As attacks on 'boat people' persist, US urged to press Thais for more deterrents

By , Staff writer of The Christian Science Monitor

Vietnamese refugees continue to launch into the sea in flimsy boats, Thai pirates continue to attack them, and much of the world no longer seems to care. But the problem of piracy in the Gulf of Thailand has once again drawn public attention because of a new study prepared by a private committee and because of recent reports of refugees drowning after Thai vessels towed them out to sea.

US Rep. Stephen J. Solarz, a Democrat from New York, focused on the issue in recent hearings on foreign aid conducted by the House subcommittee on East Asia and the Pacific, which he chairs. Mr. Solarz said that reports from Southeast Asia, such as one last month from refugees that 23 of their number drowned after being towed out to sea under orders from Thai authorities, could make it more difficult to secure foreign aid appropriations for Thailand.

It was the first time that any congressman has publicly hinted at a possible link between aid appropriations and criticisms of the Thai authorities for their handling of the Vietnamese refugee problem.

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Last week, the United States Committee for Refugees (USCR), a privately financed, nonprofit informations service, in Washington, D.C., issued a 17-page report suggesting that the United States, Thailand, and the United Nations give the piracy problem higher priority. The report charges that violent attacks by Thai pirates on the Vietnamese ''boat people'' continue at an ''alarmingly high level,'' despite bilaterally and internationally supported programs to combat them.

On Feb. 8, the Thai authorities responded to recent allegations of mistreatment of Vietnamese refugees coming from the United Nations High Commission for Refugees (UNHCR). Prasong Sunsiri, Secretary General of Thailand's national security council, issued the conclusions of a fact-finding mission conducted by senior Thai authorities. It said that the mission found the UNHCR's allegations to be ''at great variance with the facts.''

Mr. Prasong said that investigation of an incident occurring in January of this year showed that local Thai authorities had actually furnished shelter, food, medical treatment, and two wooden vessels to 72 Vietnamese refugees who had landed on Thai shores. He said that Thai vessels escorted the Vietnamese safely out of Thai territorial waters (23 of the Vietnamese were later reported to have drowned). Prasong also pointed out that Thailand has so far accepted more Indochinese refugees than any other country in the region.

The vast, 80,000-square mile Gulf of Thailand is not easy to patrol. But the United States has now committed for a two-year period $10 million for bilateral and international antipiracy programs, and some experts do not think it is getting the results it should be getting.

US State Department spokesmen argue that the antipiracy programs conducted by the Thai government have had a deterrent effect. They note that whereas 77 percent of the boats which left Vietnam and eventually landed in Thailand were attacked, in 1982 and '83 the percentages were 65 and 56 respectively.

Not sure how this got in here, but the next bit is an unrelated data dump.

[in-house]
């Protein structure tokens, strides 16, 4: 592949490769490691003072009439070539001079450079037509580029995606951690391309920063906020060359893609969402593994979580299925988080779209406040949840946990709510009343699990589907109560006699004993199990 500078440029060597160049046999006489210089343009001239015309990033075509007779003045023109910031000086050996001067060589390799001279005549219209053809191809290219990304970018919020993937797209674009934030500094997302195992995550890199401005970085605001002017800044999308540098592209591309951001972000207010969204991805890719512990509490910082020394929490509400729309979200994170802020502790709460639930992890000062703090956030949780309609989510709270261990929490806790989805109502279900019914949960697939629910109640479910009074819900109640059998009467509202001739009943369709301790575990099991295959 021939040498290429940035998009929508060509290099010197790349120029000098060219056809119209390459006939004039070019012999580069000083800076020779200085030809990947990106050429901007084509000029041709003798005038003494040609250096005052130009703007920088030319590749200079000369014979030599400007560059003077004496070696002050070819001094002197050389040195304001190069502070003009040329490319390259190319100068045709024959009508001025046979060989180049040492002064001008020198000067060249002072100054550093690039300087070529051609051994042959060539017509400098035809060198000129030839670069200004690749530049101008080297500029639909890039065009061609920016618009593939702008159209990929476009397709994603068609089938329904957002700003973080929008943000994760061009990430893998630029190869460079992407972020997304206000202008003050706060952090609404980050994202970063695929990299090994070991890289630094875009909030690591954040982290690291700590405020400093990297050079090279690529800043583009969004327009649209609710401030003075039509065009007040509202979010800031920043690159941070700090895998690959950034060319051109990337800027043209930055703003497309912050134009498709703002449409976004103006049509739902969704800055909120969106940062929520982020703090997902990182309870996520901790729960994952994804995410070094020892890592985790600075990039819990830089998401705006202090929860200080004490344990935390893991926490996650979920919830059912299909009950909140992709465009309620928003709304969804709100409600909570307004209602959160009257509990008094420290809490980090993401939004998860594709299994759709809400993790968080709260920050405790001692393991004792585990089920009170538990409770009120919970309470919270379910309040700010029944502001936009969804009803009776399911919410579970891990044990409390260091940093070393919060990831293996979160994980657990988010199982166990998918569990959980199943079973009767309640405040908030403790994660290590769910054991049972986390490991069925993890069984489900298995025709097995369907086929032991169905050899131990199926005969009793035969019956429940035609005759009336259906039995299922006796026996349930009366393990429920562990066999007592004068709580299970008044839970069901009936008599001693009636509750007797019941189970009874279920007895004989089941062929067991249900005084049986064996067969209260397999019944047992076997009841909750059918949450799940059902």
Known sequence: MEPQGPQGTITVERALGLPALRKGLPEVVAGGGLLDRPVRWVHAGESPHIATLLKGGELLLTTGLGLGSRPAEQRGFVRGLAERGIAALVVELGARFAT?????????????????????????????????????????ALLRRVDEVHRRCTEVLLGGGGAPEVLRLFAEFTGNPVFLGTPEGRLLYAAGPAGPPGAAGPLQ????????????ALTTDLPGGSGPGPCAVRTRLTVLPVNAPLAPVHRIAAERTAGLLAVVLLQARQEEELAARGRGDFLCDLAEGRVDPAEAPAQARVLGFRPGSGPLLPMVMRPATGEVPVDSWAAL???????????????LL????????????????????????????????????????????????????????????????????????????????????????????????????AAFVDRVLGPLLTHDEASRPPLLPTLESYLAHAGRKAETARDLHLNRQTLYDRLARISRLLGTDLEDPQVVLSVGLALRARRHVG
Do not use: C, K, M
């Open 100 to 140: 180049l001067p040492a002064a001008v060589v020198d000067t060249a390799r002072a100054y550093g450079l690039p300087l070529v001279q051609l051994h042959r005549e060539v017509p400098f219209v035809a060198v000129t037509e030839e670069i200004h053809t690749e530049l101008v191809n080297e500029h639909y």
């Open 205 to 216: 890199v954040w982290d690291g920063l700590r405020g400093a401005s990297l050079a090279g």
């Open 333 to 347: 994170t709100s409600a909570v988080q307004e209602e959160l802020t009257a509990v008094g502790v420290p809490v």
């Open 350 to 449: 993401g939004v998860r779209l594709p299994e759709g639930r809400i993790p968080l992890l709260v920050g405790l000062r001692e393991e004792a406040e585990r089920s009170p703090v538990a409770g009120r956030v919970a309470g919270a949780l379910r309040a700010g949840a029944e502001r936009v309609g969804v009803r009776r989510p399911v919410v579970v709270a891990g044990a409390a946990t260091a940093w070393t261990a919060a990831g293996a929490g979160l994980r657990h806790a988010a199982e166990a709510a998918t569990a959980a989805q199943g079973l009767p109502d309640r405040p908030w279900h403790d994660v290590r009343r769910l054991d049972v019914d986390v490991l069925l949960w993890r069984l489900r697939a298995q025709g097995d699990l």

But the USCR says in its study that while the trend is downward, ''the viciousness of attacks has not abated.''

''Hundreds of victims have died, having been shot, knifed, beaten, or rammed, '' says the committee's report. ''Some have committed suicide under duress. If victims survive the first attack, a second is virtually certain.''

''Clearly young girls and women are victimized in disproportionate measures, '' says the report, noting that most of the victims who are kidnapped are women who are often simply thrown overboard or sometimes sold into prostitution by their captors.

A State Department spokesman said that the UNHCR has undertaken a new study of the antipiracy program with five governments, including the United States, contributing maritime experts.

The spokesman said that the problem was not a lack of commitment and support but a matter of finding practical solutions.

One solution, some observers argue, is for the program of legal departures from Vietnam to be expanded. But at this point, many Vietnamese do not qualify for legal departure and the number applying to make such a departure runs into the tens of thousands.

But USCR director Roger Winter, who once headed the US government's Office of Refugee Resettlement, charges that top-level commitment is lacking.

''We don't think that the problem is so much one of technical improvements and the logistics of the antipiracy program,'' he says. ''Particularly over the last year, the problem has been studied and restudied.''

Mr. Winter suggests that President Reagan get directly involved and provide political leadership to help resolve the piracy problem.

''The moral outrage about what's happening does not really get translated into good programs, because it comes up against hard sort of geopolitical realities,'' said Winter in an interview.

The USCR report suggests that the UNHCR and other international agencies act more boldly and that Thailand develop more effective registration for fishing boats and strengthen administration procedures.

But the report also notes that given the apparent decline in receptivity to refugees in traditional resettlement countries, ''Thailand may have come to regard Western pressure for improved antipiracy efforts as hollow.''

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